Engineering study approved for gateway into NashuaBy KIMBERLY HOUGHTON
Union Leader Correspondent
February 12. 2018 11:00PM
NASHUA — City officials are entering into a contract with an engineering firm to conduct a study aimed at improving traffic flow at the city’s eastern border with Hudson.
Last week, the Nashua Board of Public Works approved a $256,503 engineering study with McFarland Johnson of Concord — part of a larger, $3.6 million federal grant to reconfigure the highly traveled intersection of East Hollis and Bridge streets.
“The goal of the project is to improve mobility at this vital link to the city’s downtown core, and to increase capacity along a congested commuter route at one of only two Merrimack River crossings in Nashua,” said Tim Cummings, economic development director for the city.
Improvements could potentially include a multi-lane roundabout, however several conceptual alternatives are expected to be included in the new engineering study.
City officials are hopeful that the four acre site will eventually allow for a new traffic feature that will keep motorists moving in that area of the city, specifically eastbound and westbound across the bridges to Hudson and Nashua.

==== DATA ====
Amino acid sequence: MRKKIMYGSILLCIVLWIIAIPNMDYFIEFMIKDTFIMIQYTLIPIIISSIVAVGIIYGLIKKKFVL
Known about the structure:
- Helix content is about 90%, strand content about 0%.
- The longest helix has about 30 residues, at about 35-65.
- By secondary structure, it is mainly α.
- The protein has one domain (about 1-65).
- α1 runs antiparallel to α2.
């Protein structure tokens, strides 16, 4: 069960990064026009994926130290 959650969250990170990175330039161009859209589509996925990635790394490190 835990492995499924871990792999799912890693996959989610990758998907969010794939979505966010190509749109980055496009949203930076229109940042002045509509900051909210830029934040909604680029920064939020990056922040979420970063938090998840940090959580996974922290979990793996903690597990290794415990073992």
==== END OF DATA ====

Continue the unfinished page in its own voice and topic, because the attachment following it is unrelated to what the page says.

“I know this area has been studied in the past. We are now at the point for the state to move forward,” said Cummings, adding the entire cost of the traffic improvements are being paid for by the state, as well as the engineering study costs.
The intersection improvements are expected to increase the potential for redevelopment in that area, according to the project’s description. The engineering study will include base maps, detailed survey work, a project definition, alternatives development, public involvement, information gathering and utility coordination, states the contract.
“A base plan will be prepared during this task for the purpose of developing conceptual alternatives for the project,” says the document.
There will be several opportunities for public involvement, with a project steering committee being formed and a series of public listening sessions, according to the contract.
Cummings said there is a possibility that some land will need to be acquired for the project, although those details have not yet been determined.
With the contract now approved, the design of the traffic improvements should be completed in the fall. Bidding work will take place next year, and construction could begin in the spring of 2020, said Cummings.
“This is tentative and subject to change,” he said, adding the construction work should be completed in one construction season.
He is hopeful that the project will remain on schedule.
“It looks wonderful, and very comprehensive,” Joel Ackerman of the Board of Public Works said of the new contract and its scope of work.
Previously, some city officials said that a roundabout, as opposed to the existing signalized intersection that now exists, will help connect various properties, increase safety and improve traffic flow in that area.
Nearby, a parcel at 25 Crown St. is being converted into a park-and-ride facility, and on Bridge Street, the first phase of a major waterfront development project including 228 apartments that broke ground last year.